Published: Sat, April 14, 2018
Worldwide | By Gretchen Simon

Federal Bureau of Investigation probing Cohen's "personal business dealings"

Federal Bureau of Investigation probing Cohen's

A lawyer for President Donald Trump sought in court on Friday to stop US prosecutors from deciding what materials seized from his personal attorney can be used in a probe that began with a referral by investigators looking into Russian meddling in the 2016 presidential election. Agents, they wrote, had already searched multiple email accounts maintained by Cohen after securing an earlier search warrant.

"It resulted in the unnecessary seizure of protected attorney client communications between a lawyer and his client", Mr Ryan said.

The FBI also reportedly seized a slew of other materials in the Cohen raid, including material from his cellphones, tablet, laptop, and a safe deposit box, reports the New York Times.

Michael Cohen, President Trump's embattled personal attorney, denied a report that the Federal Bureau of Investigation raid on his Manhattan office and residence yielded evidence that could confirm a key point of the controversial dossier about alleged Trump ties to Russian Federation.

"He is the president of the United States", she said.

Attorneys for Cohen, Trump's longtime lawyer and confidant, sought the restraining order in hopes of getting the "first crack" at documents culled from their client's Rockefeller Center law office and hotel room.

It is unclear whether Mr Cohen recorded his conversations with Mr Trump, but according to sources the lawyer would made a habit of taping political conversations. Both women say they had affairs with Trump.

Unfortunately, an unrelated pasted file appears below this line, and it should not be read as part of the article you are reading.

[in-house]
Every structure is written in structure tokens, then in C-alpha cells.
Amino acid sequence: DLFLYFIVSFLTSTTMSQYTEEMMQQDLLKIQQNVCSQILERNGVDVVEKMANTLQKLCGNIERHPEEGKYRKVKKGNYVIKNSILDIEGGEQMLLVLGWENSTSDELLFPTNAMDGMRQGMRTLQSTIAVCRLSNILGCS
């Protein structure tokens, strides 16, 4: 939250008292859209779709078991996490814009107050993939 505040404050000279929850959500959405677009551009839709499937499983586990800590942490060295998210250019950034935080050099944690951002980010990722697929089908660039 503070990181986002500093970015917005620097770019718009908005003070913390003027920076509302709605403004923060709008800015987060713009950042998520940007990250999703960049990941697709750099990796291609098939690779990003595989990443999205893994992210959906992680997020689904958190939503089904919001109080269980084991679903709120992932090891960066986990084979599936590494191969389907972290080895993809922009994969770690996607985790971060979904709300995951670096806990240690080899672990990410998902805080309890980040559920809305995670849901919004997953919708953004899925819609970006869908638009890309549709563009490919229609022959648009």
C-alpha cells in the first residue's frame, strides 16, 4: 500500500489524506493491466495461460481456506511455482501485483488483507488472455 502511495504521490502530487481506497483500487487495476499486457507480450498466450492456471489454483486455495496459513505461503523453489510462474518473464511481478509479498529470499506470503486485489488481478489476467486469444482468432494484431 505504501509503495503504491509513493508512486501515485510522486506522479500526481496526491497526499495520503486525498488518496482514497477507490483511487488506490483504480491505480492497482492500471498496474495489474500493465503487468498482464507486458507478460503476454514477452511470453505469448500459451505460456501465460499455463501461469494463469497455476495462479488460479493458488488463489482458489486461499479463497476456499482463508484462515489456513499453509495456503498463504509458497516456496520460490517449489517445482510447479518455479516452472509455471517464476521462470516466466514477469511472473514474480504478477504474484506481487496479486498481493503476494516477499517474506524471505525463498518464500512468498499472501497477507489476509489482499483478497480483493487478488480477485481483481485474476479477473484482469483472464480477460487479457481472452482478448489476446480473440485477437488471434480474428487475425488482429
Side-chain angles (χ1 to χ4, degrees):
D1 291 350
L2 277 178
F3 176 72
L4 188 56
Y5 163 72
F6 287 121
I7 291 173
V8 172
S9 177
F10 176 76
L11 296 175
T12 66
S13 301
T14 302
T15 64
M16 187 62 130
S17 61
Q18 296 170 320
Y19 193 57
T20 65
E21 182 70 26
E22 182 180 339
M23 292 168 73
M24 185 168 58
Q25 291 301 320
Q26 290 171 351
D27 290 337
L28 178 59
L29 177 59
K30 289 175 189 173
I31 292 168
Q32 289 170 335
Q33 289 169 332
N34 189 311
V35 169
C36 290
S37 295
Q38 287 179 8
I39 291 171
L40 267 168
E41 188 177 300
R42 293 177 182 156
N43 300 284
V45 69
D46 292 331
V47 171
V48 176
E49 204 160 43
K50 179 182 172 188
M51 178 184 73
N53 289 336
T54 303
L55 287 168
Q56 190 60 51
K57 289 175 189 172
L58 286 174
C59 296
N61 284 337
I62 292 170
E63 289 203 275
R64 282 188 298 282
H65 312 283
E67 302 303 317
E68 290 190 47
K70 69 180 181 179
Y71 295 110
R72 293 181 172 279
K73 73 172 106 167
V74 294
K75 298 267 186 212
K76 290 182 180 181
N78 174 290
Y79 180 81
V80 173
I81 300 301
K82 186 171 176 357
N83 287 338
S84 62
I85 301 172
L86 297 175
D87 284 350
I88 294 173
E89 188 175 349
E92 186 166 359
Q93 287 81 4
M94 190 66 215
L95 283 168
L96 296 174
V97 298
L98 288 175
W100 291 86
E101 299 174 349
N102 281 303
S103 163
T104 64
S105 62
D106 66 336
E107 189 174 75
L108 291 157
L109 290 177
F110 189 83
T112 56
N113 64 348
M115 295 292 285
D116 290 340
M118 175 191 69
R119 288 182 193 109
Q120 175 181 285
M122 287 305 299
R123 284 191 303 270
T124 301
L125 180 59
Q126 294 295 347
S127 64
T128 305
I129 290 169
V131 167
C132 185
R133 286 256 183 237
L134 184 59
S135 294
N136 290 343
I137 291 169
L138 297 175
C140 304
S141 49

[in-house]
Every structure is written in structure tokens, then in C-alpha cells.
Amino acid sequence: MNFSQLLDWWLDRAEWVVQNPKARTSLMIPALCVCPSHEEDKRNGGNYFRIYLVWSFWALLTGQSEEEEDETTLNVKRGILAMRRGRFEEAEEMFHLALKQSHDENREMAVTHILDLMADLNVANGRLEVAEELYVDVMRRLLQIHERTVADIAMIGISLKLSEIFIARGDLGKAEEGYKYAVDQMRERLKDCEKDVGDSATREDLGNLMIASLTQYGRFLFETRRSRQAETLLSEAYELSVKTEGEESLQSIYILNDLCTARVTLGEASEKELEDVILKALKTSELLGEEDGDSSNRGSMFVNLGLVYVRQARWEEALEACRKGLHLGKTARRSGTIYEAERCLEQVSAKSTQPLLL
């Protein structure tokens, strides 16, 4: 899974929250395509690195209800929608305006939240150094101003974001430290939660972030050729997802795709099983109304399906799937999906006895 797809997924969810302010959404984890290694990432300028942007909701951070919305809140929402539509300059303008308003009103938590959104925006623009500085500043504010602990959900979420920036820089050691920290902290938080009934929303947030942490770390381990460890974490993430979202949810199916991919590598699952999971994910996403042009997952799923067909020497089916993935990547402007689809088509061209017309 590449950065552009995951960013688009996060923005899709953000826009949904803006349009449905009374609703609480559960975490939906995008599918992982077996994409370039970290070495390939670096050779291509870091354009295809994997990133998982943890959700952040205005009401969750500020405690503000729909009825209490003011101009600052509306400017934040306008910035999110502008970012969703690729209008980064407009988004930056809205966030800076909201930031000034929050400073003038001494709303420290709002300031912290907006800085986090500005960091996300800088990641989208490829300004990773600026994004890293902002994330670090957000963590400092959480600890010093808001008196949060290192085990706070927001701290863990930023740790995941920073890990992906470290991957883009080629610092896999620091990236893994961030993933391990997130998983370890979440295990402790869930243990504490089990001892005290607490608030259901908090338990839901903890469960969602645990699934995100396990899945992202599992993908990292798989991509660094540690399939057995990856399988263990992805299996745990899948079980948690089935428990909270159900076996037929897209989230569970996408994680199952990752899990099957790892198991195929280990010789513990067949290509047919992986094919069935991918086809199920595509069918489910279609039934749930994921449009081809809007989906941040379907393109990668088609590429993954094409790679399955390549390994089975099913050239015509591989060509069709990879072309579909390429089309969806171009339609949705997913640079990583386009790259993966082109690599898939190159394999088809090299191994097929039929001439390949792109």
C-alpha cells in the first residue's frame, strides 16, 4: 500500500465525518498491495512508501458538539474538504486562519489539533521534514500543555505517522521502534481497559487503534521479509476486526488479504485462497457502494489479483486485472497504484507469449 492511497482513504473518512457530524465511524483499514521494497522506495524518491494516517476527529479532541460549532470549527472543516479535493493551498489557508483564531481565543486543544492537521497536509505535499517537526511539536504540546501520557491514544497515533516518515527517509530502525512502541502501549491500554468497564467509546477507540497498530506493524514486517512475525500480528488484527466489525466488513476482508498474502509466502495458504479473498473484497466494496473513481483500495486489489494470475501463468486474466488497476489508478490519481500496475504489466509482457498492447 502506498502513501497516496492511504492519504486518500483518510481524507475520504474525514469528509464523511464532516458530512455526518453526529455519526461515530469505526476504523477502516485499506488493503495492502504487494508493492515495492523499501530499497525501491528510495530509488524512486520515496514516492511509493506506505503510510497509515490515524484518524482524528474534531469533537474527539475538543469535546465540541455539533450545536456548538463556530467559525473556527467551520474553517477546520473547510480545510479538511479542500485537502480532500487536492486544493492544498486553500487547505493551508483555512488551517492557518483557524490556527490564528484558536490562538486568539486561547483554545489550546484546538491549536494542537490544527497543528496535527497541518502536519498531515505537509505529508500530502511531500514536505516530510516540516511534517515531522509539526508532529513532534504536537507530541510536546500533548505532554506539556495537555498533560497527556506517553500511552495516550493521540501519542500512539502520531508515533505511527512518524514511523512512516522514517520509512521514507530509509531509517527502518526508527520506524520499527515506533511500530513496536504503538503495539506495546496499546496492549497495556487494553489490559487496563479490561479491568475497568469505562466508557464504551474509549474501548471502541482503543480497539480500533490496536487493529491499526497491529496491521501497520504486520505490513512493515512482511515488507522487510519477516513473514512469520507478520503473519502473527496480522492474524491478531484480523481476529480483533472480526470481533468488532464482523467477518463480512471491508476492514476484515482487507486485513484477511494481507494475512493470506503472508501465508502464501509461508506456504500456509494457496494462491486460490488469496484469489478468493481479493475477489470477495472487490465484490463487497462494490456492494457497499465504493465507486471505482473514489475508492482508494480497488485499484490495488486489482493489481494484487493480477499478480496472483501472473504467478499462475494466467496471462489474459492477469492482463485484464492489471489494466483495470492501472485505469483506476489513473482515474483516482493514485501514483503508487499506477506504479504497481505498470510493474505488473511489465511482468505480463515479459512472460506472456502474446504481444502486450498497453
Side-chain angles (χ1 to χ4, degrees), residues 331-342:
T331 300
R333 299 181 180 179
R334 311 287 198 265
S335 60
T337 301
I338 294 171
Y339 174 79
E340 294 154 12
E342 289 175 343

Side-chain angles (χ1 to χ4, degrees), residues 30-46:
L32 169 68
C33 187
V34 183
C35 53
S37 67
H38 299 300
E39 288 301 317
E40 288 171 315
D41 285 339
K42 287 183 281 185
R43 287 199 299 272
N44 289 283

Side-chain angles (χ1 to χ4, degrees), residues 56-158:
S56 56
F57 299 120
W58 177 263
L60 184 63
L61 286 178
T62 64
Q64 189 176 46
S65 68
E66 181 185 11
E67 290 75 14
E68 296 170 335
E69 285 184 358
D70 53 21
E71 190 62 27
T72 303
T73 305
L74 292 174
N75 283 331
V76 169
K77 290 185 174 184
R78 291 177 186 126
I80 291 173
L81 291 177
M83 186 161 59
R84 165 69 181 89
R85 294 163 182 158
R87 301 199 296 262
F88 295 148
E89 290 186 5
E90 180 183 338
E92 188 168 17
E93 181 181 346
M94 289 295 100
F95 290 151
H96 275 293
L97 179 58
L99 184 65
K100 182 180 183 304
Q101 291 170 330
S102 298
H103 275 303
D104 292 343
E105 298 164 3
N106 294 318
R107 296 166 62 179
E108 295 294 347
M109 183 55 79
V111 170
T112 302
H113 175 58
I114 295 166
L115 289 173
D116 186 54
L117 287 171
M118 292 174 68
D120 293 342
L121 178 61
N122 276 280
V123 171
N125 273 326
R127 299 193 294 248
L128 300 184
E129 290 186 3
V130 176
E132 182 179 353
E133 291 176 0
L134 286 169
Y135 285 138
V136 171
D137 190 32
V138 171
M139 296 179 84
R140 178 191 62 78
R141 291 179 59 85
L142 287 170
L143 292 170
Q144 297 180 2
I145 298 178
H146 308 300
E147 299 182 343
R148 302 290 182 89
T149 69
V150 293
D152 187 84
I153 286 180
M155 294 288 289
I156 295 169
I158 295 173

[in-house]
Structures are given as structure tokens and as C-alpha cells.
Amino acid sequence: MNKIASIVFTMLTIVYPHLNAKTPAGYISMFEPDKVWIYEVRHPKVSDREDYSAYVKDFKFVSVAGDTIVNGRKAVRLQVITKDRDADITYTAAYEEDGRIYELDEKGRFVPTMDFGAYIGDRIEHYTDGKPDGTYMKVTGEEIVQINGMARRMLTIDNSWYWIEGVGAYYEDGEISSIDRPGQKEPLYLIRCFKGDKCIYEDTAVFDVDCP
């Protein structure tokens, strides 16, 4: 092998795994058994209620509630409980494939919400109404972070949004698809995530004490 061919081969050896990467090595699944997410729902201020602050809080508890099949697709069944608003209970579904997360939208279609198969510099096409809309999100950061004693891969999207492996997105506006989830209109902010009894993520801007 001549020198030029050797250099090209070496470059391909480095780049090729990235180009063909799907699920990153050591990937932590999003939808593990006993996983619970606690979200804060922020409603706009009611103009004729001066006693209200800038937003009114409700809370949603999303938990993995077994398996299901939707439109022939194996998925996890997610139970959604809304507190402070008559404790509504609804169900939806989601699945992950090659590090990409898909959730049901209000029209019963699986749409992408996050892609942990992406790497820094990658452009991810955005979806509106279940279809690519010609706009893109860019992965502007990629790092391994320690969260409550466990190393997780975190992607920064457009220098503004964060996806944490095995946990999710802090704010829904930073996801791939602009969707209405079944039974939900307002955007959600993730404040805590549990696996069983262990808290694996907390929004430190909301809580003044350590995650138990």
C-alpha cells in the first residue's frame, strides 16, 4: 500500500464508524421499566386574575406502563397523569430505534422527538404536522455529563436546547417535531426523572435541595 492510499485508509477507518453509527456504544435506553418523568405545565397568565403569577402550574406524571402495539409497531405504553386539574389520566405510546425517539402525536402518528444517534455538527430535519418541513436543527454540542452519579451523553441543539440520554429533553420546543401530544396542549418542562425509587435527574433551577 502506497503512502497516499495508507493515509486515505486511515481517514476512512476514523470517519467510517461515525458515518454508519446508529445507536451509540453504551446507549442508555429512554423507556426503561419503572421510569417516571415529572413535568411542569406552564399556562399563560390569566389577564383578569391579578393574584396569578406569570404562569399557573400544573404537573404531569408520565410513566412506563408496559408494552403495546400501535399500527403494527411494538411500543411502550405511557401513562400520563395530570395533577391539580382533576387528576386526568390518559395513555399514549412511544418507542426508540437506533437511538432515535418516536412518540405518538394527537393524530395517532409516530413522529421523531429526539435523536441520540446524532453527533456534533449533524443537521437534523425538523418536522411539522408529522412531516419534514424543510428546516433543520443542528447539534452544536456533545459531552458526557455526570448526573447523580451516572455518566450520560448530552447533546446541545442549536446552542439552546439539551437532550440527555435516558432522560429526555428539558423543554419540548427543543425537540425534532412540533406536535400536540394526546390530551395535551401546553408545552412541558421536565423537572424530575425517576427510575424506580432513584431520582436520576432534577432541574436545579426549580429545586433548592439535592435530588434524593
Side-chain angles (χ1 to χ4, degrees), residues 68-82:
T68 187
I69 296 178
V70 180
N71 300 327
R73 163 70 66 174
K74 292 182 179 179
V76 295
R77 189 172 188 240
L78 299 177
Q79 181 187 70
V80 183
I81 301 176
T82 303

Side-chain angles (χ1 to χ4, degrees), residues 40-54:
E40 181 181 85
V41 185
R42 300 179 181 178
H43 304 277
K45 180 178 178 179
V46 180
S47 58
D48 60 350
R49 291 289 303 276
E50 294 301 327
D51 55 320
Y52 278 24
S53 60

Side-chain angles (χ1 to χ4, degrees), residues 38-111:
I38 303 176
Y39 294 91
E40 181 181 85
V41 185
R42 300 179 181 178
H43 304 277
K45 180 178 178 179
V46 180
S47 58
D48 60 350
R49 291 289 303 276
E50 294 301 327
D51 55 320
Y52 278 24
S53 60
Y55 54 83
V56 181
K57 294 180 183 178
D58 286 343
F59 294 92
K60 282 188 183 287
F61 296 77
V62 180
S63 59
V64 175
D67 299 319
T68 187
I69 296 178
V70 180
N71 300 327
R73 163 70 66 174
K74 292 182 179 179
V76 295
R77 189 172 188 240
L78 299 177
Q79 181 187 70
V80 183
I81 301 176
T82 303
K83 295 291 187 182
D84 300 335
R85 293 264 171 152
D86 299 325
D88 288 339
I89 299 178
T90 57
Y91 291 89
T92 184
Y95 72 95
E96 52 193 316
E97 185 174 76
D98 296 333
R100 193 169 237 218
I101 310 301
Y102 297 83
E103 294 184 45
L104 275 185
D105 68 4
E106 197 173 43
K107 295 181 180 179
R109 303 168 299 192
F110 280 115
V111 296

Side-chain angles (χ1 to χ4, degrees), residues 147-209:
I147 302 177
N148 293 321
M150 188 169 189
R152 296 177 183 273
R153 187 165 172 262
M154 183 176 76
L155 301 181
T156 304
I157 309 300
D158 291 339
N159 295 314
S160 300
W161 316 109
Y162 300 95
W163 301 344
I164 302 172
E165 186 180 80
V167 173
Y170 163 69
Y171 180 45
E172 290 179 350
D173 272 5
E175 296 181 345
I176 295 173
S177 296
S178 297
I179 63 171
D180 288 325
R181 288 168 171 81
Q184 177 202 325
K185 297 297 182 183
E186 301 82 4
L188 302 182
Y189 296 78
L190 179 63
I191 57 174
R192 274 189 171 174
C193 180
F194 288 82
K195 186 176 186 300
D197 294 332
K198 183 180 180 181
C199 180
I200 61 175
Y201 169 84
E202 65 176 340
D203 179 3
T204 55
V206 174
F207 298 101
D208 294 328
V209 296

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Michigan State responded to the suit by sharing details of the anonymous woman's counseling records in a media release Wednesday. She said as of Friday afternoon that she had not heard from him or any members of the board of trustees.

Ordinarily, documents or communications seized from a lawyer by FBI agents would be reviewed by a team of Justice Department lawyers not directly involved in the investigation to determine which documents were relevant to the probe, and which should be off-limits to investigators because of attorney-client privilege.

Federal prosecutors argued the government's "taint team" could make the determination on what items would pass muster.

Prosecutors said they took the unusual step of raiding Cohen's residence and home rather than requesting records by subpoena because what they had learned led them to distrust he'd turn over what they had asked for.

Manhattan Federal Judge Kimba Wood indicated she was inclined to rule in favor of a delay based on Hendon's application to the court.

Clifford's lawyer, Michael Avenatti, was in the audience for the court session and asked the judge to be heard at 2 p.m.

The raids enraged Trump, who called them an "attack on the country".

McDougal was paid $150,000 in the summer of 2016 by the parent company of the National Enquirer under an agreement that gave it the exclusive rights to her story, which it never published.

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